US allowed to seize $300m in alleged bribery scheme
Some of Russian-Uzbekistani bribery scandal funds held in Ireland
Gulnara Karimova, eldest daughter of Uzbekistan’s president Islam Karimov: in 2014, Swiss authorities said they had frozen more than $900 million in assets linked to her as part of an investigation into corruption in Uzbekistan. Photograph: Muhammad Sharif/AFP/Getty Images
A US court last night cleared the way for the US Justice Department to seize $300 million (€270 million) allegedly linked to a Russian-Uzbekistani bribery scandal and held in bank accounts in Ireland, Belgium and Luxembourg.
A company in the IFSC in Dublin is allegedly holding some of the funds at the heart of a bribery scheme involving Russian phone companies and the family of Uzbekistan’s president.
Last night in Manhattan, US District Judge Andrew Carter allowed the government to take the funds held by Bank of New York Mellon Corp in Ireland, Luxembourg and Belgium and in Clearstream Banking SA accounts linked to the companies in Luxembourg.
The US said in a complaint the money is tied to an international money-laundering conspiracy involving payments to an unidentified “Government Official A,” who is a relative of Uzbekistan’s president, Islam Karimov.
As reported last week in The Irish Times, the US alleged the money is linked to corrupt payments totalling $500 million made by Mobile Telesystems OJSC (MTS) and Vimpelcom to Official A, so he/she would influence the government in Uzbekistan in relation to mobile phone licences and radio frequencies.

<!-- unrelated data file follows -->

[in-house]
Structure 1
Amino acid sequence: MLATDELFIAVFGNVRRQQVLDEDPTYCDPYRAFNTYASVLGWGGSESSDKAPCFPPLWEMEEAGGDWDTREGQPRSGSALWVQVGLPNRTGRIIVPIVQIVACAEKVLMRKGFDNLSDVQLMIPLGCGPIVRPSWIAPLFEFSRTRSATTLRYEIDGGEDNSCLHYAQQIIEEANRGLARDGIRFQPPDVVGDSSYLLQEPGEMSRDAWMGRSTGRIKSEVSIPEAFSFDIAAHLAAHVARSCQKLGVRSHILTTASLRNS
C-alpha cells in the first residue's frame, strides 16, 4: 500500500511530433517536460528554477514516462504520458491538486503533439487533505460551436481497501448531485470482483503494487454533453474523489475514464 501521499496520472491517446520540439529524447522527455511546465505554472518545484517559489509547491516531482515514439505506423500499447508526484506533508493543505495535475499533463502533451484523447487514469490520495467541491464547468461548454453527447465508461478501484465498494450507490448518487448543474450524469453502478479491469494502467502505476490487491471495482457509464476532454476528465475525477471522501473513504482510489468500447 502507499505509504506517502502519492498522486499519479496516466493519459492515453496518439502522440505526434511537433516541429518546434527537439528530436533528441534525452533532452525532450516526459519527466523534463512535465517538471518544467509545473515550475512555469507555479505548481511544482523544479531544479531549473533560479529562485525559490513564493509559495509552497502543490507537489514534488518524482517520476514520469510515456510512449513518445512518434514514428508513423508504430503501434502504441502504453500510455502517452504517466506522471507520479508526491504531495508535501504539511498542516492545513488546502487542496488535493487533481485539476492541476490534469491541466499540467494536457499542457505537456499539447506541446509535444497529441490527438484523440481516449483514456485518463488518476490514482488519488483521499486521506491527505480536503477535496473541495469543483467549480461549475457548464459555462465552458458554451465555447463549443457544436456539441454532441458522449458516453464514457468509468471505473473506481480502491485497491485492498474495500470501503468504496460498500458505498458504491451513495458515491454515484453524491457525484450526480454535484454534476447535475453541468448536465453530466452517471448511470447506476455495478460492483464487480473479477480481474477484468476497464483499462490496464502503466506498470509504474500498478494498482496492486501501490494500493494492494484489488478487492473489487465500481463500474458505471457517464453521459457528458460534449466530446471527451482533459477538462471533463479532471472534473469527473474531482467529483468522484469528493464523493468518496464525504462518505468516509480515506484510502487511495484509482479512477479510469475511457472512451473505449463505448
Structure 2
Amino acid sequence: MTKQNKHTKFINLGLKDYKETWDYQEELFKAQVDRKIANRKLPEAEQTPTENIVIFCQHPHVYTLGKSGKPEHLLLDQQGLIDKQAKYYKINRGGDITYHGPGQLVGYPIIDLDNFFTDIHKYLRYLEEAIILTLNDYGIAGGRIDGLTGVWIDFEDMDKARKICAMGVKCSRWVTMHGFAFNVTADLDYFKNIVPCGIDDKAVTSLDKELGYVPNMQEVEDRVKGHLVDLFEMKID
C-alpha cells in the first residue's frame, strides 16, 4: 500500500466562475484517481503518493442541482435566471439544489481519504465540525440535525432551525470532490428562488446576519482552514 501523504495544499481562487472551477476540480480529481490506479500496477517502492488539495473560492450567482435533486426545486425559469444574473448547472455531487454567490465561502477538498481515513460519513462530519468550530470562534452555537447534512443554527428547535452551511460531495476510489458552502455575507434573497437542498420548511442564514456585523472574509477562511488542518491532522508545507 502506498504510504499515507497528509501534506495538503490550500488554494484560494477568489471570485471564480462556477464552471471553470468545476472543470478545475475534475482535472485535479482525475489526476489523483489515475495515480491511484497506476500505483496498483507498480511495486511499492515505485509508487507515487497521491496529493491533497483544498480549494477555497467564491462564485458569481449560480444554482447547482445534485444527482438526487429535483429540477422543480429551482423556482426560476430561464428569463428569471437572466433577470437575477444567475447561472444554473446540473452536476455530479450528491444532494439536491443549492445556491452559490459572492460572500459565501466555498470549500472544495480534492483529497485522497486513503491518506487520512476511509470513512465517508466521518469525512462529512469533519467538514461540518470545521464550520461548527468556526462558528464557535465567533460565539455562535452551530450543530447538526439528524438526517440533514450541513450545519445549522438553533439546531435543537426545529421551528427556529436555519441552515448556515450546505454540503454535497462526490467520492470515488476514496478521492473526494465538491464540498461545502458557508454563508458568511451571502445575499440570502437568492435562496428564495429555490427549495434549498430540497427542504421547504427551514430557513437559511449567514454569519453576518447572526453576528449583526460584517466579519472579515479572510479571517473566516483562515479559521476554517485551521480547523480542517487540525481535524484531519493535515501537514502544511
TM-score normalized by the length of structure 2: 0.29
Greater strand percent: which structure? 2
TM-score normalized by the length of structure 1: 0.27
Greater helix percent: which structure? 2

Although the official is not named in the claim, there have been widespread reports of investigations into Gulnara Karimova, daughter of Uzbekistan president Islam Karimov.
The court document grounding the claim says the payments were made between 2004 and 2011 to shell companies owned by the official. The payments were nominally in return for equity interests in the Russian companies’ Uzbek subsidiaries, business transactions and consultancy services.
It is alleged the proceeds of the corruption were then laundered in a complicated series of transactions including the purchase of investment portfolios and assets in Ireland, Luxembourg and Belgium.
The alleged money-laundering involved transferring the funds through correspondent bank accounts in the US, giving the US authorities jurisdiction in the matter.
Vimpelcom said in March 2014 that its Amsterdam headquarters had been raided by Dutch prosecutors and that the US Securities and Exchange Commission demanded documents as part of the probe into its business.